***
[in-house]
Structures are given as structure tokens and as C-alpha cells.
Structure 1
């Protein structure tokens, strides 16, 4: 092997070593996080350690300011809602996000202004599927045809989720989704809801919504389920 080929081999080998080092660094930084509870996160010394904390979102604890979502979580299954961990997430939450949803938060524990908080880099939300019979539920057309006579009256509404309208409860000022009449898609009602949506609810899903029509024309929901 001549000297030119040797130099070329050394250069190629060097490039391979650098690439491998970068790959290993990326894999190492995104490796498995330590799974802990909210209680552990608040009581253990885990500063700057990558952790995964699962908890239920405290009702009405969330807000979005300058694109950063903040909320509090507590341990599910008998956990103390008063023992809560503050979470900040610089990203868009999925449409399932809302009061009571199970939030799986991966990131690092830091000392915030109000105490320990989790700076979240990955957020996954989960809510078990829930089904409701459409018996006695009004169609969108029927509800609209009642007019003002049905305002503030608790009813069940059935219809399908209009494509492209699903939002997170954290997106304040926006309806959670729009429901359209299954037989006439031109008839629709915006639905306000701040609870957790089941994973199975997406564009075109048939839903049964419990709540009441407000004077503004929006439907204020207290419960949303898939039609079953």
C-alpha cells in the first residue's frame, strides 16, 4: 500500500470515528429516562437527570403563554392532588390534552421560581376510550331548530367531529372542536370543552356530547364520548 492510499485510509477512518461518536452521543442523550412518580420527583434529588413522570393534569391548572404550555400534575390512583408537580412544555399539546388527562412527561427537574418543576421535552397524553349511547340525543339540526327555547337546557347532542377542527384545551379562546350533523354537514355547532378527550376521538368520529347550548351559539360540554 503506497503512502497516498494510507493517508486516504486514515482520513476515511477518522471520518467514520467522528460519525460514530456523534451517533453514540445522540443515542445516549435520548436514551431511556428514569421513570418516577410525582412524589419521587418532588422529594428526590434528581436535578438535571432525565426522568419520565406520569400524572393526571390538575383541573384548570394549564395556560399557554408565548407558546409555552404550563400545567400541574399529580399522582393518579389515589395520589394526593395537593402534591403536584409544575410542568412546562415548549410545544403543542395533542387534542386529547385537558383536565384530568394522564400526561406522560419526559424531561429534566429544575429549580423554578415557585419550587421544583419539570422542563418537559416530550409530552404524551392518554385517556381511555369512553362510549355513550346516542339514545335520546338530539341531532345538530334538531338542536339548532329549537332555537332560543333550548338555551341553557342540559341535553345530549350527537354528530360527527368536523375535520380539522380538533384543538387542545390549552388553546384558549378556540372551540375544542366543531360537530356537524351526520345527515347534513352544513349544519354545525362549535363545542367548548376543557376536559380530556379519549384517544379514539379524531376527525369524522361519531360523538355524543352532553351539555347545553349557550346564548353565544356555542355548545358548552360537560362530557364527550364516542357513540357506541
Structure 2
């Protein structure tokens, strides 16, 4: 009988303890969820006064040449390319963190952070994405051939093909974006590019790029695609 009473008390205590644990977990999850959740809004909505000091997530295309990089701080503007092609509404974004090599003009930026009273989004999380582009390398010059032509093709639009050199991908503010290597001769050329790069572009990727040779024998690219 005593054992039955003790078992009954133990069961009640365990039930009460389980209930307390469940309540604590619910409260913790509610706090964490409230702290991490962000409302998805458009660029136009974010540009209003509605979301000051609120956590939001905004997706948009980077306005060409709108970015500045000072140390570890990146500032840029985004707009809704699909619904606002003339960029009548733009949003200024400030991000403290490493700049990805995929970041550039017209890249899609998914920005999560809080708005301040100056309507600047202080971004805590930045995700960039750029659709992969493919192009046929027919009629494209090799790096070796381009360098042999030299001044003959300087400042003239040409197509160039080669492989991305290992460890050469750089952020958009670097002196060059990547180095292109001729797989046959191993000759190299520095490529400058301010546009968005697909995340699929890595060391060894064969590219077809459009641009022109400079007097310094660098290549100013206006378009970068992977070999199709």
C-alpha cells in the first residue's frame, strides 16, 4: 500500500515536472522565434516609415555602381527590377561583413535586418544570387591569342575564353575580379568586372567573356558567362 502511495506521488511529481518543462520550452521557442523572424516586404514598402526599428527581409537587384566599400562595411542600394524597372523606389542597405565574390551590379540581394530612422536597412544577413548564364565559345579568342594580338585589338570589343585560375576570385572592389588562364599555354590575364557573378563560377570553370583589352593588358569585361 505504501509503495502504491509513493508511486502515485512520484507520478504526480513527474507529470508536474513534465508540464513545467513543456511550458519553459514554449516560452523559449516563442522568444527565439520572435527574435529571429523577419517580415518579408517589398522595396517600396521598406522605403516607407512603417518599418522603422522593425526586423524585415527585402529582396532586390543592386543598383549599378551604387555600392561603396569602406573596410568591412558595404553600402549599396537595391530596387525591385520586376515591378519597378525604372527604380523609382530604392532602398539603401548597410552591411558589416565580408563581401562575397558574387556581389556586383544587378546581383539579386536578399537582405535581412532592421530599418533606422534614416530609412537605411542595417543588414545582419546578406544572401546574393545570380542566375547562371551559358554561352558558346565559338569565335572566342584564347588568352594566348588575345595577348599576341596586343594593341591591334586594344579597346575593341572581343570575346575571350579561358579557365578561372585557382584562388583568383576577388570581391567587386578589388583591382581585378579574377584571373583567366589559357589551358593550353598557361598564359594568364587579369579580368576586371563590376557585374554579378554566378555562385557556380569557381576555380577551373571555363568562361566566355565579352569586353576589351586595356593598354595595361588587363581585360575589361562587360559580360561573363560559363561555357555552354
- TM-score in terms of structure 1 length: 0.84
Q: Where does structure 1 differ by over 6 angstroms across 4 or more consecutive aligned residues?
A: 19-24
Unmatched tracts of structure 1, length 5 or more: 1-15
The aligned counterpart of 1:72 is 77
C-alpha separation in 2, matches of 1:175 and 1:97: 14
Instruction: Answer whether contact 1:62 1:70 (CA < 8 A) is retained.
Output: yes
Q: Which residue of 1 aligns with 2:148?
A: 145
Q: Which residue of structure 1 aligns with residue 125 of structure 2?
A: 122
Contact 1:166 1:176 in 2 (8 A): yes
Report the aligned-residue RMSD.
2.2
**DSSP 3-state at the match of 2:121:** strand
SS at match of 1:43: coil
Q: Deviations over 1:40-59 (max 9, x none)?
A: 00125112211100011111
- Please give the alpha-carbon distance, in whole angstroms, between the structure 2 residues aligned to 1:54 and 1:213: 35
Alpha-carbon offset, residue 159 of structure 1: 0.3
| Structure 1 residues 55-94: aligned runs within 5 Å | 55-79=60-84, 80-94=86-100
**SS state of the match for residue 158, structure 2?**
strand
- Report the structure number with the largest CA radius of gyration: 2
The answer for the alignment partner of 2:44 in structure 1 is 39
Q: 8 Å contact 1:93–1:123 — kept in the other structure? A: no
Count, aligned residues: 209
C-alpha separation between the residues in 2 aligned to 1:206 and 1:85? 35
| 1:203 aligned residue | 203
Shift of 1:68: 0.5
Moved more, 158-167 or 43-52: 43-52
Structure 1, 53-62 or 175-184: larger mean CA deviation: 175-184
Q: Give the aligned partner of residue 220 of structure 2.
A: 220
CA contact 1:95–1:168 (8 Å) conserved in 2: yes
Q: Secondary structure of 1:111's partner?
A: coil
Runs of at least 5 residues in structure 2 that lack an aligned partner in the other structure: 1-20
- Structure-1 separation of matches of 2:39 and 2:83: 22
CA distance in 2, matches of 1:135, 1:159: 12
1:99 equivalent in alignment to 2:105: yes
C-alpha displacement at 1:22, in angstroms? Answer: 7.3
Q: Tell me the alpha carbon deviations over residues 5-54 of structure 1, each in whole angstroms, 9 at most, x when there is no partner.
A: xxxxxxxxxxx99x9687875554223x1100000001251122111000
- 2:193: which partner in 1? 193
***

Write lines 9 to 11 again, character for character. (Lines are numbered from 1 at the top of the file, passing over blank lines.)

- TM-score in terms of structure 1 length: 0.84
Q: Where does structure 1 differ by over 6 angstroms across 4 or more consecutive aligned residues?
A: 19-24